At age 250, the Leipzig Gewandhaus Orchestra is one of the world's oldest musical institutions. Founded by Leipzig's town fathers as their answer to court entertainment--and originally housed in a merchants' exhibition hall called the Gewandhaus--the orchestra has been a source of immense civic pride, even when the city was part of communist East Germany. Over the centuries a long line of illustrious musicans have been assocated with it, including great kepellmeisters such as Felix Mendelssohn (1834-47), Wilhelm Furtwangler, and Bruno Walter. More than most major orchestras today, the Leipzig is tradition-bound and insular: its playing remains the epitome of the old-fashioned central European style that stresses mellowness, warmth, lyricality, and finesse. Not surprisingly, it thrives on the German classics, from Bach to Brahms, suffusing them with a relaxed charm and natural profundity often missing in performances of a more aggresssive outfit like the Chicago Symphony Orchestra. In this concert, their first local apearance since the fall of the Berlin Wall, the Leipzigers will play to their strengths in Beethoven's Egmont Overture, Mendelssohn's Italian Symphony, and the Second Symphony of Schumann, who also maintained strong ties to Leipzig. Conducting is Kurt Masur, the orchestra's music director since 1970 and, like the overwhelming majority of his colleagues, a product of the Leipzig Conservatory. The workaholic Masur--he also heads the New York Philharmonic Orchestra--is especially good with Schumann. Sunday, 8 PM, Orchestra Hall, 220 S. Michigan; 435-8666.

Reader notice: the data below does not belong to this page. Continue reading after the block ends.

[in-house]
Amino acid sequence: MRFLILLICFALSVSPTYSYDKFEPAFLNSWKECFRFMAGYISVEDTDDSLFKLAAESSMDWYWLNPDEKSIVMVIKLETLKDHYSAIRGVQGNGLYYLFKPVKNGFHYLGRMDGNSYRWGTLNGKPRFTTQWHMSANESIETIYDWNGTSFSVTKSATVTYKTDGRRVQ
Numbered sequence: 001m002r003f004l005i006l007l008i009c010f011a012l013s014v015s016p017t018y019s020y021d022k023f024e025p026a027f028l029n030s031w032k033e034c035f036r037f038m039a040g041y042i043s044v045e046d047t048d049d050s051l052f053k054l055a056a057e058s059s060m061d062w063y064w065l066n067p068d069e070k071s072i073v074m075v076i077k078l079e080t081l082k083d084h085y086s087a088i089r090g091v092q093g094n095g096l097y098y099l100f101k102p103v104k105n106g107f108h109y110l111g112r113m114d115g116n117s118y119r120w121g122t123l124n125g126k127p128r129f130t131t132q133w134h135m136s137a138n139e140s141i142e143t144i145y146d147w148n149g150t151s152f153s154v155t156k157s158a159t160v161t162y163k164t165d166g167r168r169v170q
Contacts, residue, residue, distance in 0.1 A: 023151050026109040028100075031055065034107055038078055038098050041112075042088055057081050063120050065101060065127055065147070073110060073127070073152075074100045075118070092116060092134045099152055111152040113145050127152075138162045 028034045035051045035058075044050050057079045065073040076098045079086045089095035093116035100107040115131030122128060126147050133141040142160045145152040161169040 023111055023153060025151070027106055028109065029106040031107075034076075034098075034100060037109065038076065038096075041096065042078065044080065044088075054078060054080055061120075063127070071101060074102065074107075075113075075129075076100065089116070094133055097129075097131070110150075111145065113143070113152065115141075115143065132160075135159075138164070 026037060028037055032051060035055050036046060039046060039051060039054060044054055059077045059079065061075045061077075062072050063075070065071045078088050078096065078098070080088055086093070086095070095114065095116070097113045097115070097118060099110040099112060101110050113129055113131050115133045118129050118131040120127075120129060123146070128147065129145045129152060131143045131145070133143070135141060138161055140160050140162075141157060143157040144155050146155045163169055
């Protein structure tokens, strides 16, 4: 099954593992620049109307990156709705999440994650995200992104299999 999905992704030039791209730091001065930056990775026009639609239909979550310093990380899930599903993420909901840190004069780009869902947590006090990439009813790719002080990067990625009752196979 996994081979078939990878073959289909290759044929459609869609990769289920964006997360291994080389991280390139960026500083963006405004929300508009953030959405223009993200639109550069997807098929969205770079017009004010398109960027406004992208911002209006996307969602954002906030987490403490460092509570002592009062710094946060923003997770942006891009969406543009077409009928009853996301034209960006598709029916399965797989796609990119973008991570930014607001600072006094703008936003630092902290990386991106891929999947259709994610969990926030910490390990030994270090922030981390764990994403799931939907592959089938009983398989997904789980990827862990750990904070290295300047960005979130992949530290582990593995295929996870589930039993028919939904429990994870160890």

Art accompanying story in printed newspaper (not available in this archive): photo/Gert Mothes.